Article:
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St. John the Baptist and us

It is said that after the messengers of St. John the Baptist left, Christ immediately described who and how St. John was. (cfr. Lk 7,24-30) “What did you go out to the desert to see – a reed swayed by the wind?” he asked. “Then what did you go out to see? Someone dressed in fine garments? Those who dress luxuriously and live sumptuously are found in royal palaces.

“Then what did you go out to see? A prophet? Yes, I tell you, and more than a prophet. This is the one about whom Scripture says: Behold, I am sending my messenger ahead of you, he will prepare your way before you.”

In describing St. John the Baptist, Christ somehow is also describing us. Like St. John the Baptist, we should also get involved in preparing for the second coming of Christ at the end of time. We should help others to make the proper preparation by attuning people’s hearts and minds to the will and spirit of God.

We may suffer the same fate as that of St. John the Baptist, but it will be all worth it. We need to do something about how things are today, since like him whose call for repentance as preparation for the coming of the Redeemer was a lonely cry in the desert, the voice of God today as well as that of the Church or of any spiritual and moral Christian teaching is becoming a voice of one crying in the wilderness.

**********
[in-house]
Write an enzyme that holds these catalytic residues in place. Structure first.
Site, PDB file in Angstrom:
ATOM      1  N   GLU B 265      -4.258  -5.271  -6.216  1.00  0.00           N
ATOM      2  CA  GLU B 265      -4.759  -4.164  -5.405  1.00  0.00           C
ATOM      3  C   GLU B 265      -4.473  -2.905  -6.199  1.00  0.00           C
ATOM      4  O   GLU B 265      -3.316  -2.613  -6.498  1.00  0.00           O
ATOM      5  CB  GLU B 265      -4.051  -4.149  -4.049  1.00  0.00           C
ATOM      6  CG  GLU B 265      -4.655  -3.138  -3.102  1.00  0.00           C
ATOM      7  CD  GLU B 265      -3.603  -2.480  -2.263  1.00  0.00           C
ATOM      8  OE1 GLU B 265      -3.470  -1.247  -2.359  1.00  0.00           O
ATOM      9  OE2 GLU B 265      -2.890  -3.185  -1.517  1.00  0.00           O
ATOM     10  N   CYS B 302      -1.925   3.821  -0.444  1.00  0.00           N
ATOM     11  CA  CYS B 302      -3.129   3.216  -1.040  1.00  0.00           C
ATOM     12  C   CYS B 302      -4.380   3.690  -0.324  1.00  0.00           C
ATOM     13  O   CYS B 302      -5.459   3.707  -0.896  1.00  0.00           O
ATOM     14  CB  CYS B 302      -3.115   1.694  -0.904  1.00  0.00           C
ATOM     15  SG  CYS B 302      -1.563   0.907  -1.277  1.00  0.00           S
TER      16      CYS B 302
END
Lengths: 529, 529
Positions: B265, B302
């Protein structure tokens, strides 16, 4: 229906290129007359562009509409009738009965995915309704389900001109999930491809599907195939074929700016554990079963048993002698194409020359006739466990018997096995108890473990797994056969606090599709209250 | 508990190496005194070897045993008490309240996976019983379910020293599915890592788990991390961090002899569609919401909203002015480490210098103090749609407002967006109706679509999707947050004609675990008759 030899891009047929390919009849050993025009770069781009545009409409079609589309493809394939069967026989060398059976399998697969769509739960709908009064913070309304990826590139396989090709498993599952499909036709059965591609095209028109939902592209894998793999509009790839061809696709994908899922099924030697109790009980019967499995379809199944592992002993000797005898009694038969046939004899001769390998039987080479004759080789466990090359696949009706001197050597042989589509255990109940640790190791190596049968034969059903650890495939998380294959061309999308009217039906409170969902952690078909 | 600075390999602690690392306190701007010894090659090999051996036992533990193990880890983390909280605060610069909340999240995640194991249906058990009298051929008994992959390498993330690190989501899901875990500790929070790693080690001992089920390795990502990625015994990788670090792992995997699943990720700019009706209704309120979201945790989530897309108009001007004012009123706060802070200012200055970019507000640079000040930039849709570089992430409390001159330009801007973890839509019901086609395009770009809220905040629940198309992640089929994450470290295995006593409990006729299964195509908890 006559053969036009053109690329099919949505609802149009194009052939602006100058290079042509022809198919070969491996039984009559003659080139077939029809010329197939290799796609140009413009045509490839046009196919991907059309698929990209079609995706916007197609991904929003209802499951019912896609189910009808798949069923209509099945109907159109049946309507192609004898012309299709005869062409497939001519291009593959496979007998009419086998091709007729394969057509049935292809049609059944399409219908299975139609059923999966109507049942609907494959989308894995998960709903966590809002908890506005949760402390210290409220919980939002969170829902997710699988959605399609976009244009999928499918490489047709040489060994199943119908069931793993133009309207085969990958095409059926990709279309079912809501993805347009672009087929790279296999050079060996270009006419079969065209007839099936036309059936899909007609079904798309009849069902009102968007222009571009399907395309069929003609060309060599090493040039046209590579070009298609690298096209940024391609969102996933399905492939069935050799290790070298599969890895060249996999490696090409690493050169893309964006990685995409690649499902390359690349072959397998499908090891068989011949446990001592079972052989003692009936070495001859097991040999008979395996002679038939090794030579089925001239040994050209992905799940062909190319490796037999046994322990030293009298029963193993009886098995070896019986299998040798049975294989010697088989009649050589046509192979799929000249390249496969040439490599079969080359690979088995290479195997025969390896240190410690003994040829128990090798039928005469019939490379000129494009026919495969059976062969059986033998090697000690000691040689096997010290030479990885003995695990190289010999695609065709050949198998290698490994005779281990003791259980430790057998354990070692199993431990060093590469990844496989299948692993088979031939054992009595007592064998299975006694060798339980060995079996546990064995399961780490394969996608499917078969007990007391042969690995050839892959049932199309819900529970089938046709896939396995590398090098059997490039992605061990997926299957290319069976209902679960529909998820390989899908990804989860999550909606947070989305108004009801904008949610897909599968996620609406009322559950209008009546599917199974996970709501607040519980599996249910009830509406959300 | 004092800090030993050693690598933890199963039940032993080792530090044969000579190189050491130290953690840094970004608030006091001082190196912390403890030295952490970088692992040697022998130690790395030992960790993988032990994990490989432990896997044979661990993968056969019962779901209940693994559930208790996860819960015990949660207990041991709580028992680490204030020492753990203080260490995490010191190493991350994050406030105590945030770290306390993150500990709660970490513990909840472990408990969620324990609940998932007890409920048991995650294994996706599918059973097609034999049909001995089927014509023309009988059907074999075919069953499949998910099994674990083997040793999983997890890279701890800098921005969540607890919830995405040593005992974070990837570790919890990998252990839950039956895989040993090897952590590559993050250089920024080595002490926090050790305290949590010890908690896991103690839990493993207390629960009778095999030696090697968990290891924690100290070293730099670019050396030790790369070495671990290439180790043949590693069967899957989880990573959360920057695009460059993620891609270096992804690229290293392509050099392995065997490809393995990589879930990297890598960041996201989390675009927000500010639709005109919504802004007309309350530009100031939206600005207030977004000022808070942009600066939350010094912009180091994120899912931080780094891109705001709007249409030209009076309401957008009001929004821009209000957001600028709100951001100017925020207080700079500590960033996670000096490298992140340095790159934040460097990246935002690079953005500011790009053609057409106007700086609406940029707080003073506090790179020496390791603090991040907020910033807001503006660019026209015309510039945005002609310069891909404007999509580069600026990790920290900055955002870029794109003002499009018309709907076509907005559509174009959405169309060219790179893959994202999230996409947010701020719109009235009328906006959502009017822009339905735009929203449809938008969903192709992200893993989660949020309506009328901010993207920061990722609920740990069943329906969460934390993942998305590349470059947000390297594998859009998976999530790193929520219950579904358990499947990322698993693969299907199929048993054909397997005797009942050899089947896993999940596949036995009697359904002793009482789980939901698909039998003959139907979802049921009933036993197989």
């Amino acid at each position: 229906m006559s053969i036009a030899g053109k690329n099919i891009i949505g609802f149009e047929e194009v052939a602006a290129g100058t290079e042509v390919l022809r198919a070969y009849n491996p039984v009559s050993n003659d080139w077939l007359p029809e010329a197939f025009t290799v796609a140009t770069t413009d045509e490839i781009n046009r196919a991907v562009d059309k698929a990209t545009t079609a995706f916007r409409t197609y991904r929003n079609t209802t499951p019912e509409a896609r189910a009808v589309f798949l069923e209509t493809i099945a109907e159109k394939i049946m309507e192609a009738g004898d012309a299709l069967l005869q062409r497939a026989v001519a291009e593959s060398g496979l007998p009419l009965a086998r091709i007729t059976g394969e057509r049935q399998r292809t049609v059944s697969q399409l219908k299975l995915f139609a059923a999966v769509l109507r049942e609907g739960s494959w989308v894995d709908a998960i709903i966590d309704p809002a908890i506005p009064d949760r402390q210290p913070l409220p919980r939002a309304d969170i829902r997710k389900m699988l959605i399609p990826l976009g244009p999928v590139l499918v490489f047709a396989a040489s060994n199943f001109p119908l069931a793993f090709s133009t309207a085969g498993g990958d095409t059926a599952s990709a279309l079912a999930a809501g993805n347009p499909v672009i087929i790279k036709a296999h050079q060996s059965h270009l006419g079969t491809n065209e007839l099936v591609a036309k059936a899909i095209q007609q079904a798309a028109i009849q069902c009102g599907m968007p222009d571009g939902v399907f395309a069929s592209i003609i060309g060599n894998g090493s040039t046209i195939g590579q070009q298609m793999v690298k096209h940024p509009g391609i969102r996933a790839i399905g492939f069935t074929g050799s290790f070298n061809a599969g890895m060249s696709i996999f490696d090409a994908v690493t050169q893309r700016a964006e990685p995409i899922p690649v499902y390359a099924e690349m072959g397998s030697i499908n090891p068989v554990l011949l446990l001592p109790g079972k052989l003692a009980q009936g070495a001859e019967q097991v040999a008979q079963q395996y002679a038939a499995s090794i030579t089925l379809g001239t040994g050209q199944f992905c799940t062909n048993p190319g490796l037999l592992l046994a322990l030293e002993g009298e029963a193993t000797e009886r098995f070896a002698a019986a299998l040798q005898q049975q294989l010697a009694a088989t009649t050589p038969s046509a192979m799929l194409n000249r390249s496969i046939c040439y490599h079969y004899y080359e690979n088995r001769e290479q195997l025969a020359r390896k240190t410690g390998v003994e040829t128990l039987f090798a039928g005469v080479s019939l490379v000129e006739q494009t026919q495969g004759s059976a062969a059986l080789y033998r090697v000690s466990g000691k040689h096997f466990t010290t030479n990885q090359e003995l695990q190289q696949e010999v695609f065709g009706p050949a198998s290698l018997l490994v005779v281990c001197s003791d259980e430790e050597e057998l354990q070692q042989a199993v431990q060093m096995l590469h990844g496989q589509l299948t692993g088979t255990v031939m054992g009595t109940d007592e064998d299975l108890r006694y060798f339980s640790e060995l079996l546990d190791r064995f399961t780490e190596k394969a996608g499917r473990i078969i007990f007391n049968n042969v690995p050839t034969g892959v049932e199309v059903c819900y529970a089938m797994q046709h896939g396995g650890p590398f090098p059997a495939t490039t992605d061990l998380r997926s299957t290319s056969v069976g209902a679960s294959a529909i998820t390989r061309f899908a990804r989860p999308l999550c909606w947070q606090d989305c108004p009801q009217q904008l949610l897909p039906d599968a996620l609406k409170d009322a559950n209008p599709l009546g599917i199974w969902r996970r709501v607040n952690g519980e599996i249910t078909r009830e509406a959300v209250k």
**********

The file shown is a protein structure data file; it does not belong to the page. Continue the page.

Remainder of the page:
Present circumstances in the world point to a growing deafness and insensibility to the truths of faith and morals. The prologue of St. John’s gospel already captures this phenomenon: “He came unto his own, and his own received him not.” (1,11)

We need to do something about this predicament by preparing for our death and the end times. This is just to be realistic. It’s not meant to scare us nor to be a killjoy or a wet blanket in our life. Not only do we all die. There is also the end of time itself. Our earthly existence is just a sojourn, a training and testing ground before we enter into our definitive life for all eternity, hopefully in heaven with our Father and Creator God.

We need to develop a good and healthy sense of our life’s end, which is our death that can come to us anytime, as well as the end of time itself. If we follow our Christian faith, we know that there is nothing to be afraid of or anxious about in these truths of our faith.

We would know what truly is the purpose of our life here and of our earthly existence in general. We also would know that we have all the means to pursue that purpose properly. We are somehow reminded of this truth of our faith in that gospel episode where Christ talked about the end of the world. (cfr. Mk 13,24-32)

But, yes, we have to develop a good and healthy sense of how to end our life well, properly prepared to meet Christ in our particular judgment as well as in our general judgment during Christ’s second coming.

Having a good sense of the end gives us a global picture of our life that spans from time to eternity, and sheds light on the present. It guides us. It gives us a sense of confidence and security. It reassures us that we are on the right track, that we are doing well. It tells us what to correct or change, etc.*

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